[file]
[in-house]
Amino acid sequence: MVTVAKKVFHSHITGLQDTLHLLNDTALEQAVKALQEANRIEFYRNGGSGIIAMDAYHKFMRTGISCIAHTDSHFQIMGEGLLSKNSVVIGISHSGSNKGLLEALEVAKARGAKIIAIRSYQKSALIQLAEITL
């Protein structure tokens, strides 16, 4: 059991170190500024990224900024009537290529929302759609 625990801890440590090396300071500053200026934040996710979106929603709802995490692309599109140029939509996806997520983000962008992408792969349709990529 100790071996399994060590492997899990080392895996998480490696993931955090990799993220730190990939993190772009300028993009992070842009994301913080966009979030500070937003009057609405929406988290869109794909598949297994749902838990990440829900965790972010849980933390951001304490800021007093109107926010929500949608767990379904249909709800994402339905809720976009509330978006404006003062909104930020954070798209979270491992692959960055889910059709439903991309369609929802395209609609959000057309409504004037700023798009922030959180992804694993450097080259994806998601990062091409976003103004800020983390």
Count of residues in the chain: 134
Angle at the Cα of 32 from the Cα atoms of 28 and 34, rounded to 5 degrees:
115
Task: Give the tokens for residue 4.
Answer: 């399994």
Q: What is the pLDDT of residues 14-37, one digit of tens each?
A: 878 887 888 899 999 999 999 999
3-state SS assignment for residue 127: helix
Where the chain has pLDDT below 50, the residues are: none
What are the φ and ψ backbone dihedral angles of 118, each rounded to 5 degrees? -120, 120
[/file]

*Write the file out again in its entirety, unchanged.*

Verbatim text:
[in-house]
Amino acid sequence: MVTVAKKVFHSHITGLQDTLHLLNDTALEQAVKALQEANRIEFYRNGGSGIIAMDAYHKFMRTGISCIAHTDSHFQIMGEGLLSKNSVVIGISHSGSNKGLLEALEVAKARGAKIIAIRSYQKSALIQLAEITL
């Protein structure tokens, strides 16, 4: 059991170190500024990224900024009537290529929302759609 625990801890440590090396300071500053200026934040996710979106929603709802995490692309599109140029939509996806997520983000962008992408792969349709990529 100790071996399994060590492997899990080392895996998480490696993931955090990799993220730190990939993190772009300028993009992070842009994301913080966009979030500070937003009057609405929406988290869109794909598949297994749902838990990440829900965790972010849980933390951001304490800021007093109107926010929500949608767990379904249909709800994402339905809720976009509330978006404006003062909104930020954070798209979270491992692959960055889910059709439903991309369609929802395209609609959000057309409504004037700023798009922030959180992804694993450097080259994806998601990062091409976003103004800020983390």
Count of residues in the chain: 134
Angle at the Cα of 32 from the Cα atoms of 28 and 34, rounded to 5 degrees:
115
Task: Give the tokens for residue 4.
Answer: 């399994």
Q: What is the pLDDT of residues 14-37, one digit of tens each?
A: 878 887 888 899 999 999 999 999
3-state SS assignment for residue 127: helix
Where the chain has pLDDT below 50, the residues are: none
What are the φ and ψ backbone dihedral angles of 118, each rounded to 5 degrees? -120, 120